Melanie V. Dawson's Edith Wharton and the Modern Privileges of Age makes a distinct and valuable contribution to studies of Edith Wharton through its attention to the theme of age as it evolves in her work. The book does more, too. Dawson expertly places Wharton's fiction in the broader cultural context of the early twentieth century in each chapter, from the rise of child marriages across the 1910s and into the 1930s and Warner Fabian's Flaming Youth (1923), to ads marketing rejuvenation products in the Pictoral Review, where Wharton published most of her 1920s fiction, to the history of the “flapper” stereotype. She provides insightful readings of texts by contemporaneous authors alongside Wharton—her discussion of Eugene O'Neill's Desire Under the Elms (1924) is especially provocative. Dawson's book takes what has been a passing observation about Wharton's fiction—that it pays a great deal of attention to the representation of age—and...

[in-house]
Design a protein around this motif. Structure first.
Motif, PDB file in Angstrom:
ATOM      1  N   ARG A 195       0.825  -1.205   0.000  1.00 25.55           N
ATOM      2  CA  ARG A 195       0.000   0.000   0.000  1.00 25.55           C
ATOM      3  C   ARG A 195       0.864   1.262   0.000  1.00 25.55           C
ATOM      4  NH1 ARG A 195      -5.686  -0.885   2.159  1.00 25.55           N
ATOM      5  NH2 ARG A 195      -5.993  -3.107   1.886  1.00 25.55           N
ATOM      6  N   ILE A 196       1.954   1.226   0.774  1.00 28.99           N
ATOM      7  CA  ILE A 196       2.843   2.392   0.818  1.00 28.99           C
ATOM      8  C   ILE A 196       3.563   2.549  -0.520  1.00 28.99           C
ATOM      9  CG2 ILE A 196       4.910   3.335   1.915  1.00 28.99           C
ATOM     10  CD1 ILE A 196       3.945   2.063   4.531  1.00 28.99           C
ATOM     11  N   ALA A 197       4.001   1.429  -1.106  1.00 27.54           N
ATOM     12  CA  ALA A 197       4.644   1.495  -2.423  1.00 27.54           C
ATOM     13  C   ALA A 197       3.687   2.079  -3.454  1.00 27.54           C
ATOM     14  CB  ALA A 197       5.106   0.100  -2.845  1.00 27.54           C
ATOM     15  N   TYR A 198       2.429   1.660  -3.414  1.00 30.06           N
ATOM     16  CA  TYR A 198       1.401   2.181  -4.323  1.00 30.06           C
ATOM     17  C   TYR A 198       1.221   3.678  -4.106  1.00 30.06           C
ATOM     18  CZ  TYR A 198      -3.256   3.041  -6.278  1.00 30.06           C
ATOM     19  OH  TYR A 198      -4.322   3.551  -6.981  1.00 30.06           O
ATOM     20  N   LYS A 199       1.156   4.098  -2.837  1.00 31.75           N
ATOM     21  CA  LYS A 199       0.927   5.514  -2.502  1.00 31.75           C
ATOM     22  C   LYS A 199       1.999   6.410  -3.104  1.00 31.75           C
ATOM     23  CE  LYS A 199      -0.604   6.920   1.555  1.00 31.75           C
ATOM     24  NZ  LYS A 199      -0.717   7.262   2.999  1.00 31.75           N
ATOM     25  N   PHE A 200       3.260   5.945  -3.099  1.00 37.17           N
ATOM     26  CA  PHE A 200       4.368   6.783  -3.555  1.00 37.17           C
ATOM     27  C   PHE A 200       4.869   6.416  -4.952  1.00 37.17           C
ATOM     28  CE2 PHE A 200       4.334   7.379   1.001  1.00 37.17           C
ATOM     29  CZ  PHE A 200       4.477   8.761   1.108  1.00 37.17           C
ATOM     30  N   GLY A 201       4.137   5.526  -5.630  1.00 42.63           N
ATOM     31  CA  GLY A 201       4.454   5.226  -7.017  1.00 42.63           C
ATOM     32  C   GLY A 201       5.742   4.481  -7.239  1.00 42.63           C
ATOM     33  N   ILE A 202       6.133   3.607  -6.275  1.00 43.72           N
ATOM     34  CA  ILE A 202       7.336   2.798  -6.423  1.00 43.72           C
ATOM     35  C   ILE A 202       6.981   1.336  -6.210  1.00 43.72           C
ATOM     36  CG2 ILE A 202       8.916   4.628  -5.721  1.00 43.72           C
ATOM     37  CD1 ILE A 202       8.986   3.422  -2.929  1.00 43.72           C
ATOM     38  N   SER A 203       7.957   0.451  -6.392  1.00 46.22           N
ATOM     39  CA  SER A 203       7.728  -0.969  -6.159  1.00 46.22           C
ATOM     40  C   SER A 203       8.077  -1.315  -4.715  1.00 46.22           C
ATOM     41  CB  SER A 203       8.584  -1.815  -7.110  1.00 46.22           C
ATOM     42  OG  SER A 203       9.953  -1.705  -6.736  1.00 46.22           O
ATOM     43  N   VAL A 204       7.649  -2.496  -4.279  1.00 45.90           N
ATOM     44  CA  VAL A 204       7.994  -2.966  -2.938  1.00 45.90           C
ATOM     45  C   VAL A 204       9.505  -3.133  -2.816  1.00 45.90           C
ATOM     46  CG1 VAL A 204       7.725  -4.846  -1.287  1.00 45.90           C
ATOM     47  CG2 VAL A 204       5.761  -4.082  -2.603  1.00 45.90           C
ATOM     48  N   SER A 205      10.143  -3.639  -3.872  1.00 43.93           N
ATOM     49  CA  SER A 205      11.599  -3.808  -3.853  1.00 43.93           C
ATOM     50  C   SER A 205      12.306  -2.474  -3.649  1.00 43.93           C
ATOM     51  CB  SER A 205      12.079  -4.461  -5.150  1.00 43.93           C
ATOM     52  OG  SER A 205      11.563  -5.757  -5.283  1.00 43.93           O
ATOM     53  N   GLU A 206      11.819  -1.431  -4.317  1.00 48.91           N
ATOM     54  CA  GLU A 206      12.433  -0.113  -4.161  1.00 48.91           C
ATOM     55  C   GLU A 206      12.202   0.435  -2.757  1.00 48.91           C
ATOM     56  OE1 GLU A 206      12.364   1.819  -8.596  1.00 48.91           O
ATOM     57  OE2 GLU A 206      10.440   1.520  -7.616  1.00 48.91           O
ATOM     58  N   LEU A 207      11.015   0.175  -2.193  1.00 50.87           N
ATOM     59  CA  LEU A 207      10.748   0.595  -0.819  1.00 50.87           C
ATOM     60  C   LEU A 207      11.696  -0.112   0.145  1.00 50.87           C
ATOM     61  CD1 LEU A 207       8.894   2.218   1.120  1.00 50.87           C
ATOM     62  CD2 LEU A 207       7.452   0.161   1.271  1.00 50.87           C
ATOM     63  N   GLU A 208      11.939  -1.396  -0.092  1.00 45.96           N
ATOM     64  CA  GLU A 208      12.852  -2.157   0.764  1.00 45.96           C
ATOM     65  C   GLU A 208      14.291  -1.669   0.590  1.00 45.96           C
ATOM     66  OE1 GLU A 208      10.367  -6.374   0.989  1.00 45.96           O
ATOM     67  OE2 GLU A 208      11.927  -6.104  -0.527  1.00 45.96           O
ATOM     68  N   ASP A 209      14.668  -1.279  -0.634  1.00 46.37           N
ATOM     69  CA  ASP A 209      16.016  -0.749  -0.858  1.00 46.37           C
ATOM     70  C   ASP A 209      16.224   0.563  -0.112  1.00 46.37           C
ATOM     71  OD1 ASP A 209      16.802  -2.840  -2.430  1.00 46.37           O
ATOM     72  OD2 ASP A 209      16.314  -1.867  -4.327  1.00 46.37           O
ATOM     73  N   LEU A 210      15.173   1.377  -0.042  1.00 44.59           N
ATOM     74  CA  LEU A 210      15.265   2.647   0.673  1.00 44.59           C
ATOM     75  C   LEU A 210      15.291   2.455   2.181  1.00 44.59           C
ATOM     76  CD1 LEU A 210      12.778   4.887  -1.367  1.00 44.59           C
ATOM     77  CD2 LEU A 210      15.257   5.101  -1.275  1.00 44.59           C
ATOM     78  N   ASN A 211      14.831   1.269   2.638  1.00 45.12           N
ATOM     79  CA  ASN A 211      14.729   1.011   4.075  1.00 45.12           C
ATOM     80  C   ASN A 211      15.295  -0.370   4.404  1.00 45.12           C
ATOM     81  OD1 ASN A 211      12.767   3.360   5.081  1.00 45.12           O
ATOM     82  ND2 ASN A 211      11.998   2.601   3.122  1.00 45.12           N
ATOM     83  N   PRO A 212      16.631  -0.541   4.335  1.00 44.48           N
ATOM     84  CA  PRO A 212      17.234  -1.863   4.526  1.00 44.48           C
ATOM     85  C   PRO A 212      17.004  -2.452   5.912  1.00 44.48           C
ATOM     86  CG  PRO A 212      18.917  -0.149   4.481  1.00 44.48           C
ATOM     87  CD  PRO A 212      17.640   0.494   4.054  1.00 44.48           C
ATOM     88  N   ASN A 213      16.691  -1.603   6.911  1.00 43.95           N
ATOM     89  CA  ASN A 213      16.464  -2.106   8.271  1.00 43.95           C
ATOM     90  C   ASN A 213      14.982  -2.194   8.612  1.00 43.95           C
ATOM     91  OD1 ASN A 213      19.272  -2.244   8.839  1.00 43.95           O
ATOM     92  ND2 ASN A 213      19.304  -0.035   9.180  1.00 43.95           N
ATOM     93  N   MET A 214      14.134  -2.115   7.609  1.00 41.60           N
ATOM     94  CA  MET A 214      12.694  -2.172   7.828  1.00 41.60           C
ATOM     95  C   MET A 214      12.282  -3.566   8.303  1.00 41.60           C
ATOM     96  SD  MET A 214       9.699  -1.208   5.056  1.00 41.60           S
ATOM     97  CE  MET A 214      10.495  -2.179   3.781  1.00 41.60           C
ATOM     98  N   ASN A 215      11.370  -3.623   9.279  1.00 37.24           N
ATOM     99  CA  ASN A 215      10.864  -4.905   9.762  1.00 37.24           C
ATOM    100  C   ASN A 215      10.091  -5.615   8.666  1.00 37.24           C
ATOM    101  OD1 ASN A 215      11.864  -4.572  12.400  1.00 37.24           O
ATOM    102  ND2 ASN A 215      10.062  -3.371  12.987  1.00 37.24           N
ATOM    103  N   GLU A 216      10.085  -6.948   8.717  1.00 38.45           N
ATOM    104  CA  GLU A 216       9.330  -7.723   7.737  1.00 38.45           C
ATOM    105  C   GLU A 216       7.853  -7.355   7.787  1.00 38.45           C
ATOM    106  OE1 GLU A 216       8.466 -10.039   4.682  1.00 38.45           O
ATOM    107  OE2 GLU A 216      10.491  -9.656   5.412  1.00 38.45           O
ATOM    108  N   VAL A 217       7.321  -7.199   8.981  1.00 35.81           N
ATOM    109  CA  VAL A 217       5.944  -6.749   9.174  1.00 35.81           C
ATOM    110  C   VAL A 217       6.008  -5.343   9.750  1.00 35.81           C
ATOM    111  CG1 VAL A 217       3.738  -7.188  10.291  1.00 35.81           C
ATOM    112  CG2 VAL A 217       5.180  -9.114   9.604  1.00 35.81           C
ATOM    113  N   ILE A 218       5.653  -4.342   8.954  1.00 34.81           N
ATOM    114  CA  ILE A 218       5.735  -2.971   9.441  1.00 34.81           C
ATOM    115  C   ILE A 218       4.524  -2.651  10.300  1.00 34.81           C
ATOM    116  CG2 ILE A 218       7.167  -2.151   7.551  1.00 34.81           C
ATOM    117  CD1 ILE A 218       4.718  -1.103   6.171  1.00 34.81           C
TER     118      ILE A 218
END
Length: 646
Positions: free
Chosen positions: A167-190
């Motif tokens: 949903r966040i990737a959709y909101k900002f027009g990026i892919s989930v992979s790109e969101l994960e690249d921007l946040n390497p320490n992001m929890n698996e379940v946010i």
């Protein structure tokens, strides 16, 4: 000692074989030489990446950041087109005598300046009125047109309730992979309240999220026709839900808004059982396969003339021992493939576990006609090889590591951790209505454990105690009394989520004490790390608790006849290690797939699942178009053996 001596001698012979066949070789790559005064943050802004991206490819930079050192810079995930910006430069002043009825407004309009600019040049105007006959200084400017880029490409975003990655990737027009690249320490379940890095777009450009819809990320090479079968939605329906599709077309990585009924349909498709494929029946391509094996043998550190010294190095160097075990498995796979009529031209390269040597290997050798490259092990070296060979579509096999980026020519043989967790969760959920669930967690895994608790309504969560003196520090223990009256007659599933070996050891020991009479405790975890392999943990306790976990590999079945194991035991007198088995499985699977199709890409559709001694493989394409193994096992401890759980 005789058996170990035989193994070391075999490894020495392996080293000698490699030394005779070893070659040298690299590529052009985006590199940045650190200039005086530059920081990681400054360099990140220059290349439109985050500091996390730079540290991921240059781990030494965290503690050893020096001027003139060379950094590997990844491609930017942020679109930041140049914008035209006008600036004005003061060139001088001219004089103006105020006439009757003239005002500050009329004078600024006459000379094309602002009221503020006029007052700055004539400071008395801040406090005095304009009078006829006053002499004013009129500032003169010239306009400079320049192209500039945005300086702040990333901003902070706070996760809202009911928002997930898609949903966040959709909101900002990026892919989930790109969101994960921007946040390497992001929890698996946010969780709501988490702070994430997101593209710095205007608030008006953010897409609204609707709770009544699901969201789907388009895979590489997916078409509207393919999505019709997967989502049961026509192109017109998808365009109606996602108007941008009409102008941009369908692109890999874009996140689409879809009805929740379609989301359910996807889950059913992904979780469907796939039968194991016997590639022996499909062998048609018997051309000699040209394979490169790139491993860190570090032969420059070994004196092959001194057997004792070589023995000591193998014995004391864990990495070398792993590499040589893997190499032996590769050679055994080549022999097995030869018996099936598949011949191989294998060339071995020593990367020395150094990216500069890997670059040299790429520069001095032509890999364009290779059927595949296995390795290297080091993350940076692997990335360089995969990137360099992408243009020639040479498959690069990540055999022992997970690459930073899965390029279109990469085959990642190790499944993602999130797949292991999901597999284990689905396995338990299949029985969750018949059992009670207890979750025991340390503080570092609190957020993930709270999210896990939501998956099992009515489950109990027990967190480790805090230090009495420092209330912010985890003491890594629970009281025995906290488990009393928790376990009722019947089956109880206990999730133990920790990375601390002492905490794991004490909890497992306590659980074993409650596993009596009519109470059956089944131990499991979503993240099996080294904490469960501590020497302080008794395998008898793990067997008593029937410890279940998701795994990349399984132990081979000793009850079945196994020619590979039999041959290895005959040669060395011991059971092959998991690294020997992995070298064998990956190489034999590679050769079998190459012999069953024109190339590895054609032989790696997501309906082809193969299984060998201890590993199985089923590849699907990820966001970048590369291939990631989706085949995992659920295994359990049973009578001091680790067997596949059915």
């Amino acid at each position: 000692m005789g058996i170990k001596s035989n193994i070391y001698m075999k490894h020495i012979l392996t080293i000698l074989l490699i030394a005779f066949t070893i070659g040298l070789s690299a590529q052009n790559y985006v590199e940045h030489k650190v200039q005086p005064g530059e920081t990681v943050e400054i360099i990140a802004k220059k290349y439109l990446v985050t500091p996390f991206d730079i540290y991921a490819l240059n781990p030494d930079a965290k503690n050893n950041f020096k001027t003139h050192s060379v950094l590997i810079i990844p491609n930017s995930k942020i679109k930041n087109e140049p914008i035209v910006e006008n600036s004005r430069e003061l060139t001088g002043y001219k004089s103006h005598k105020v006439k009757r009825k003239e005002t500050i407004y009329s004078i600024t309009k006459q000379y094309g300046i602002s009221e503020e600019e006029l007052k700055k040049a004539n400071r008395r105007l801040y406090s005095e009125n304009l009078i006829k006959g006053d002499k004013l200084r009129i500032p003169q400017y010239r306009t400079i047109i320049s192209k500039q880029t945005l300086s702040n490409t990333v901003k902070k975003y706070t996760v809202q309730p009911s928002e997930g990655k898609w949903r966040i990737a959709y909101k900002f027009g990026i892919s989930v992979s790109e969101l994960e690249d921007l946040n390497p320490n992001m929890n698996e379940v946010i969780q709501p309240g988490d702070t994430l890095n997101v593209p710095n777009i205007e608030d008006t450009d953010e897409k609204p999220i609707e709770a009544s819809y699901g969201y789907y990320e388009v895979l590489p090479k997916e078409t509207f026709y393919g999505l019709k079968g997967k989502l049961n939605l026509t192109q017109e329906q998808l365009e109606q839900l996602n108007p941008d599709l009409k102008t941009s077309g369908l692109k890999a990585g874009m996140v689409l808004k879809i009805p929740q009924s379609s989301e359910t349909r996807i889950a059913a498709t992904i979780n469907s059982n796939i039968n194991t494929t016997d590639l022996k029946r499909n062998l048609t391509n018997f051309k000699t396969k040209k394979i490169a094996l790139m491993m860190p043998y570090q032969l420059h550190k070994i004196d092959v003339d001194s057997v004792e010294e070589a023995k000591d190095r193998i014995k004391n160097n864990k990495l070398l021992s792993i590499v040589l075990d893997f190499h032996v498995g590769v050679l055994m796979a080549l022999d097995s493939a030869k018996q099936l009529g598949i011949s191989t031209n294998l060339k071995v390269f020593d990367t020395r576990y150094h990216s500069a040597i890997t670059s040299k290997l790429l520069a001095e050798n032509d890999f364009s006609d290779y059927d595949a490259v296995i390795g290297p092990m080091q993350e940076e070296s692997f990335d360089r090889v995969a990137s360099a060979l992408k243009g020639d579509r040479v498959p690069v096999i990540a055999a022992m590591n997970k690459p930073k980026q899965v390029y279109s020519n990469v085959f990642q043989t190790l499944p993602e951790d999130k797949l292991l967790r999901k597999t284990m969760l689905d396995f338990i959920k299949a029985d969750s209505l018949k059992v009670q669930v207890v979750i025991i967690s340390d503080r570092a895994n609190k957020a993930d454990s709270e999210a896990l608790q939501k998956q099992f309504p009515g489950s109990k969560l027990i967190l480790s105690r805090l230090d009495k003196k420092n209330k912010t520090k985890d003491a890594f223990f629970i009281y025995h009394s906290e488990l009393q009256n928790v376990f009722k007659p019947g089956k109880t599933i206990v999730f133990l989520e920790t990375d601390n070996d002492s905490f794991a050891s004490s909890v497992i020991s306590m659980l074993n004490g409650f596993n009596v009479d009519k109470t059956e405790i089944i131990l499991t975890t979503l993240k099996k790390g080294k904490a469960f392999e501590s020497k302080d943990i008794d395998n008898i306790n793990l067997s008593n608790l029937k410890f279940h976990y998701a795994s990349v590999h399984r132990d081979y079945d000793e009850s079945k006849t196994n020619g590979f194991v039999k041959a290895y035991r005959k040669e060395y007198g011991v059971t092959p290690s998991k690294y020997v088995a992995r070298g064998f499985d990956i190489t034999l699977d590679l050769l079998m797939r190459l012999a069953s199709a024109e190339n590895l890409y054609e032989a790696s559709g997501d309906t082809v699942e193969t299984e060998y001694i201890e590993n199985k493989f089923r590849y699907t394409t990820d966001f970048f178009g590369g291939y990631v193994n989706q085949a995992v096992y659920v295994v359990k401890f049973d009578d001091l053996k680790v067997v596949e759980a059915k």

Edith Wharton and the Modern Privileges of Age
Nathaniel A. Windon is assistant professor of English at Xavier University. His research on pre-1900 American literature has been published in American Literature, American Quarterly, and Studies in American Fiction. He is working on his first monograph, which is about how an aversion toward old age became embedded in American society across the long nineteenth century.
Nathaniel A. Windon; Edith Wharton and the Modern Privileges of Age. Poetics Today 1 June 2023; 44 (1-2): 287–290. doi: https://doi.org/10.1215/03335372-10342211
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